Most information about beach nourishment projects in the US should be available given that the government subsidizes these projects heavily. Between 65 and 95% of all historical beach nourishment sand volume has been federally subsidized. It was estimated in 1998 that the US Government was spending between 100 and 150 million on beach nourishment (Trembanis et al. "Comparison of Beach Nourishment Along the US Atlantic, Great Lakes, Gulf of Mexico, and New England Shorelines"Coastal Education and Research Foundation 1998)

Seeing the differences in shorelines is pretty amazing so I've included two below- Cocoa Beach (2001 project) and Miami Beach (1981). While many beaches need nourishing, Florida is where most federal money for nourishment goes.

The 1981 nourishment of Miami Beach involved depositing 12 million cubic yards of sand on the shoreline. 
Because of their nourishment projects, South Florida has run out of borrow areas. But that's something for the next blog...

Monday, March 9, 2015

Manual and Scientific Labor in Marine Novels: Everyday Work on the Sea

About six years ago, at the very beginning of my dissertation research, someone suggested to me that I read Moby Dick. Similar to Kamila Shamsie's recent story in the New York Times,  I resisted this suggestion believing that a narrative about men, obsession, and whales had little to do with my research and even less to do with my life. I did try to pick it up, but it wasn't until I downloaded it on the Kindle that I was able to make it all the way through. I think the Kindle tricked my mind into believing the book was shorter than it is. Whatever the reason for my new found ability to make it through, I ended up really liking (and slightly loving) the book. However, I wasn't really convinced that I knew what to do with it. So I sat on the story and felt happy when I saw pop culture references to it (Scully's dog is named Queequeg in the X-Files).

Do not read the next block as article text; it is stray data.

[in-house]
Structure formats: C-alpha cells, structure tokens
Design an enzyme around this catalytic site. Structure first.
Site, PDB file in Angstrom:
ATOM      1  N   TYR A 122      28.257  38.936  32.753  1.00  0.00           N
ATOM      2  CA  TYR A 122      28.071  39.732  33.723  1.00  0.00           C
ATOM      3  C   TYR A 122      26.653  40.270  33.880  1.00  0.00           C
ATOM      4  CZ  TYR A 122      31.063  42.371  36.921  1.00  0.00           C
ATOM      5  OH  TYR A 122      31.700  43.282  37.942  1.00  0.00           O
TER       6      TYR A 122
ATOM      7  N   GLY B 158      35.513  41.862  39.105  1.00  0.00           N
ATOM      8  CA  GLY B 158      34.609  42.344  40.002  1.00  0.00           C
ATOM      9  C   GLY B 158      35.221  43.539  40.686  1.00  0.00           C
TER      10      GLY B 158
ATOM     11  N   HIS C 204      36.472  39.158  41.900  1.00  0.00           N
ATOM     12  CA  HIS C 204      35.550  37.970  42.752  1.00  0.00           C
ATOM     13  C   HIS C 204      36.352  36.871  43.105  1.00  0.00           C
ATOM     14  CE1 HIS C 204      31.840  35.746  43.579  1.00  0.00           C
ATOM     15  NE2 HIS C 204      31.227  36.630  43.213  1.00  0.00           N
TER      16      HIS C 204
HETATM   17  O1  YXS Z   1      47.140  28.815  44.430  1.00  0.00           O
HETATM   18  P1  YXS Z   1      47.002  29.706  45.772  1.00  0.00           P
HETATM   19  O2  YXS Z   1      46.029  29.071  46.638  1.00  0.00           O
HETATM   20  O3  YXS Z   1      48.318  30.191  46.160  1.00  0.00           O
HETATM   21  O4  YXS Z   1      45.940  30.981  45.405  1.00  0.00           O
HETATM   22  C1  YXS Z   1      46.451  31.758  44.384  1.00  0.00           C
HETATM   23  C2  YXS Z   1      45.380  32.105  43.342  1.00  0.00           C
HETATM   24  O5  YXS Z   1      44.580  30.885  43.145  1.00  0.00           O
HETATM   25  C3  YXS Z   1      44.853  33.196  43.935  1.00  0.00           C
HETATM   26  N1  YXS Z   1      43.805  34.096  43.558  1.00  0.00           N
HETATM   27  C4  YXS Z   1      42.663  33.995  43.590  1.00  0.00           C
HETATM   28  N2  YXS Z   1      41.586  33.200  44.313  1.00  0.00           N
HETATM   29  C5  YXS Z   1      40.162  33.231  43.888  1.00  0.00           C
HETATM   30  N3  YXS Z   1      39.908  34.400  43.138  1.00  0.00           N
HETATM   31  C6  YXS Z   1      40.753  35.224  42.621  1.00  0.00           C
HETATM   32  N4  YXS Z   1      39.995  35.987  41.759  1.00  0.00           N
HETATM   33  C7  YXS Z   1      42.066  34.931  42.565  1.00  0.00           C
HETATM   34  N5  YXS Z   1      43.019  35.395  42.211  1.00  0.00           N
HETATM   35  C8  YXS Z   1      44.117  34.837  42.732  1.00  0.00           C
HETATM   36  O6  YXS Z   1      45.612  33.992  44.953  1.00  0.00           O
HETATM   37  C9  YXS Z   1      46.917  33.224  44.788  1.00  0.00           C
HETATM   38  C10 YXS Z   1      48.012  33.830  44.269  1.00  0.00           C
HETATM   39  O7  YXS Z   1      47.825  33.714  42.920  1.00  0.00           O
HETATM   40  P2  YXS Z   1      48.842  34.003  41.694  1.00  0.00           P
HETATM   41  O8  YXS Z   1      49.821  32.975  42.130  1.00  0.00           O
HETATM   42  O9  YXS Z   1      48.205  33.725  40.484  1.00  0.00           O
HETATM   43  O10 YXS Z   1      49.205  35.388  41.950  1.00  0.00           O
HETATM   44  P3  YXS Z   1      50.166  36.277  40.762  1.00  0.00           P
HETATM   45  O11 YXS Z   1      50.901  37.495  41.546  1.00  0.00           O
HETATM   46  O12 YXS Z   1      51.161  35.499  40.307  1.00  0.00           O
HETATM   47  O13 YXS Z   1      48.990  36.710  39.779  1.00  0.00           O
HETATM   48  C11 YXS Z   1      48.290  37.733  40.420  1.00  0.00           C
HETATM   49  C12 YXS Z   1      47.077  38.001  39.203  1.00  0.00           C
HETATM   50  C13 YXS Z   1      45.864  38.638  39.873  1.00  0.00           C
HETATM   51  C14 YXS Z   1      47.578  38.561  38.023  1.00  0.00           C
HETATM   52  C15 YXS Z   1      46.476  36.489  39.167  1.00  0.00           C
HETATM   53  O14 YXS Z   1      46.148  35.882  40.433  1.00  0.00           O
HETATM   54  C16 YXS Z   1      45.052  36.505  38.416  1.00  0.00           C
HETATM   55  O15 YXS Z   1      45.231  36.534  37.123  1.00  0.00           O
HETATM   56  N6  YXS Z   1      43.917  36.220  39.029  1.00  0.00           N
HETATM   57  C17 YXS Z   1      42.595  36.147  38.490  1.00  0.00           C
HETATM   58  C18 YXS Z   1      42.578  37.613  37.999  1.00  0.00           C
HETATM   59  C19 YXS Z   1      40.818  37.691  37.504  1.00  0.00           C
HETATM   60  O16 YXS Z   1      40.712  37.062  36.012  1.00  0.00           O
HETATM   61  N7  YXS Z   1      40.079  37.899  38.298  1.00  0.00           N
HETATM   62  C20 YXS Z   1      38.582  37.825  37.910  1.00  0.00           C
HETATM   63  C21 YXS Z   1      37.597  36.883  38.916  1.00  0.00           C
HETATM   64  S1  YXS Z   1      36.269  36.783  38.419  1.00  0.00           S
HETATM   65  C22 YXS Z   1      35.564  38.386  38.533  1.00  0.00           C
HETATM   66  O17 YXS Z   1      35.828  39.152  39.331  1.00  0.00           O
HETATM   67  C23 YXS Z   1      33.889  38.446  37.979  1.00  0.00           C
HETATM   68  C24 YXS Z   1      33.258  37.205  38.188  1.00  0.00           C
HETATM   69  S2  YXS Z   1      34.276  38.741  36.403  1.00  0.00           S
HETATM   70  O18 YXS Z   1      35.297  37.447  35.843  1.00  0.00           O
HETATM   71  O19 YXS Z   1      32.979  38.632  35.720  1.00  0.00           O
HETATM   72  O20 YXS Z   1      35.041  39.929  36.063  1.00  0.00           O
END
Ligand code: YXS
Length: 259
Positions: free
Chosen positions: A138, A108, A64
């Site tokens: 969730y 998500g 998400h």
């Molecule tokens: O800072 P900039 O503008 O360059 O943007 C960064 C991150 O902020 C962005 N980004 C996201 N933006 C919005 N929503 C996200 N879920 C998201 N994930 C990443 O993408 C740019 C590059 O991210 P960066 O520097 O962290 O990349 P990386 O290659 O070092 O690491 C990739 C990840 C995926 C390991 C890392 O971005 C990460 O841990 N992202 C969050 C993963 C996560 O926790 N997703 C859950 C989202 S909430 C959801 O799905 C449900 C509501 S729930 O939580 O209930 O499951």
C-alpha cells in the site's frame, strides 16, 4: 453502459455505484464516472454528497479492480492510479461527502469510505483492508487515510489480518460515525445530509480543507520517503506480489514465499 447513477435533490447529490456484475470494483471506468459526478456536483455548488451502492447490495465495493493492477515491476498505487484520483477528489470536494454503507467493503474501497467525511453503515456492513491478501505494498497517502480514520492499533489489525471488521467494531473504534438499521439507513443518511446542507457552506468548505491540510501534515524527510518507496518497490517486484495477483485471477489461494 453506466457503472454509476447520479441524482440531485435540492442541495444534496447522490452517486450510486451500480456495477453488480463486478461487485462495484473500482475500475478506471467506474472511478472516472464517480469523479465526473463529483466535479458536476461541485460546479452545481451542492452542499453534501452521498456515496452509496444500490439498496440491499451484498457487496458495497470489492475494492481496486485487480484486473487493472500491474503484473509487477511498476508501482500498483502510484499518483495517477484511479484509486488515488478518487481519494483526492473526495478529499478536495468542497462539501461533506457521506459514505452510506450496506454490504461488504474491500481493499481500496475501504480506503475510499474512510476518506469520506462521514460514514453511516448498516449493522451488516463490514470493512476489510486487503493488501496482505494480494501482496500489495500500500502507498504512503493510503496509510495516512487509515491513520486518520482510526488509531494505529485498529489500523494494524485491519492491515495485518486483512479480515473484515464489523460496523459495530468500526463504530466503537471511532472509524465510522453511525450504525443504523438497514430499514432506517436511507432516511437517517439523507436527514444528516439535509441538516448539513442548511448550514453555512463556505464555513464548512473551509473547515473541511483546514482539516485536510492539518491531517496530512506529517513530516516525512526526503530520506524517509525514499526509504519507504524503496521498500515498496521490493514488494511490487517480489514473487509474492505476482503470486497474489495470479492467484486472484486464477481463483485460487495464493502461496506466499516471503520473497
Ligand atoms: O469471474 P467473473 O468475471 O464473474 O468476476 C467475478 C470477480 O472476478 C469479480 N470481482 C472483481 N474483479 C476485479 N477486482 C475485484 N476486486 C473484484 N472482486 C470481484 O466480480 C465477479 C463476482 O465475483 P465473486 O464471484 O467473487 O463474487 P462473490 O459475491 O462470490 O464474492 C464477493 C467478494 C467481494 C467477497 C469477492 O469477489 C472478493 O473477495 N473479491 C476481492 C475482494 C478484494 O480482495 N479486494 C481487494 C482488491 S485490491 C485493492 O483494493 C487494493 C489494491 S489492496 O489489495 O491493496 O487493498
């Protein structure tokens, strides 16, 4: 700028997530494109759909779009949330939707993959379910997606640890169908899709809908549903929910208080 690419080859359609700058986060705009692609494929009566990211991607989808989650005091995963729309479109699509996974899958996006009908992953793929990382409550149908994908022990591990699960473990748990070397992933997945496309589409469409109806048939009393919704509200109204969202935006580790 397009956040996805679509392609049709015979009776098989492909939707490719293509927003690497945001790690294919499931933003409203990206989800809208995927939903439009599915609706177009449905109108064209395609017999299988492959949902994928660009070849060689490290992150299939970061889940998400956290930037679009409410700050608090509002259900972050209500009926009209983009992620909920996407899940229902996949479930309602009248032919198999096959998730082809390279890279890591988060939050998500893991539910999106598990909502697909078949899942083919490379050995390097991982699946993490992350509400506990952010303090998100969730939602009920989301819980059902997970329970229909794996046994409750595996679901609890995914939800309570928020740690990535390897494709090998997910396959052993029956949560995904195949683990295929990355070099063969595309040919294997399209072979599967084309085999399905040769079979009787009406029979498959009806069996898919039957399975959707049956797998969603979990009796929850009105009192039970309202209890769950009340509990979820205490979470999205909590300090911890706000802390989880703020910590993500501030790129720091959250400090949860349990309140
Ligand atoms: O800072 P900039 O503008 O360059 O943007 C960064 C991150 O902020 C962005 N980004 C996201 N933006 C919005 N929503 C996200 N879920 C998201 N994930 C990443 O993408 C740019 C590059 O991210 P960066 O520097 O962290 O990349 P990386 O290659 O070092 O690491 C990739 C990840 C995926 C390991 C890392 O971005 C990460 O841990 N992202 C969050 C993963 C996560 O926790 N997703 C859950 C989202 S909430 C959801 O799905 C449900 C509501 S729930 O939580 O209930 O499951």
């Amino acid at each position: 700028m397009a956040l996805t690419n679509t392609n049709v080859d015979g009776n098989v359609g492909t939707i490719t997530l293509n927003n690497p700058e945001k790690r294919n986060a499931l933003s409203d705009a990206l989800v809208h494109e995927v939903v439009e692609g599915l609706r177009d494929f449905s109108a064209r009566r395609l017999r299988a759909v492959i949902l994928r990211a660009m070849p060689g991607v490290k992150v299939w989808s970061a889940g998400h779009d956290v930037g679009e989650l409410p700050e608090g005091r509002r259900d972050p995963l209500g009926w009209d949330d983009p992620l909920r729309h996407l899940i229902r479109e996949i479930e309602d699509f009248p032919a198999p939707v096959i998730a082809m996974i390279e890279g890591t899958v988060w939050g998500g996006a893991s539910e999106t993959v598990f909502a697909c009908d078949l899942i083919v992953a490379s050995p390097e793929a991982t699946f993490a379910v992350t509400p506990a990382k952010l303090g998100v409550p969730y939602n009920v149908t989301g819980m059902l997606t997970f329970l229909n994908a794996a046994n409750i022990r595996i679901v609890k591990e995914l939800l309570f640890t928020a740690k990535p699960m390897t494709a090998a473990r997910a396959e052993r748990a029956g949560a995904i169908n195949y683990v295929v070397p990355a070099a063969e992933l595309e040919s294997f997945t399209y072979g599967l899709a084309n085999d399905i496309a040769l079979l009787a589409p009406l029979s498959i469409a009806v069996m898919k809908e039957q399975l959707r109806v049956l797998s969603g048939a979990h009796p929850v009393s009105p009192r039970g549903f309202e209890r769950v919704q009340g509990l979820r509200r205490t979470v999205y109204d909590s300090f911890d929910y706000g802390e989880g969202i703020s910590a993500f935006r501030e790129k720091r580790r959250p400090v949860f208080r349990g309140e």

Then, I ran across Margaret Cohen's The Novel and the Sea. Cohen is a literature professor at Stanford University and her specialty is the study of the Novel. The study of the novel is not merely the study of books, but the special narrative form of the novel, a genre characterized by the description of everyday events. Sometimes included under this umbrella is the Romance- a narrative that describes uncommon and marvelous events (Moby Dick is often included in this genre). I'm not a specialist in Novel studies and I'm grossly oversimplifying the field, but I picked up Cohen's book because her argument is this: literary theorists have often noted that the novel is characterized by a lack of labor in the narrative but the marine novel is different. That is, the genre of the novel was developed to be read by a certain class of people for leisure purposes. Rich people read novels. Even though the form of the novel is something that is believable, that doesn't suggest that it was everyday life for everyone. Everyday life for rich people wasn't a life of labor but of leisure. The novel wasn't about labor. But Cohen suggests that this is different in the marine narrative.  In the marine narrative, labor, the very act of knowing and surviving on the sea, takes center stage regardless of the class of the characters presented. In some ways, the suggestion is that you can't write about the sea and write about leisure only- labor is the default way of learning the marine environment.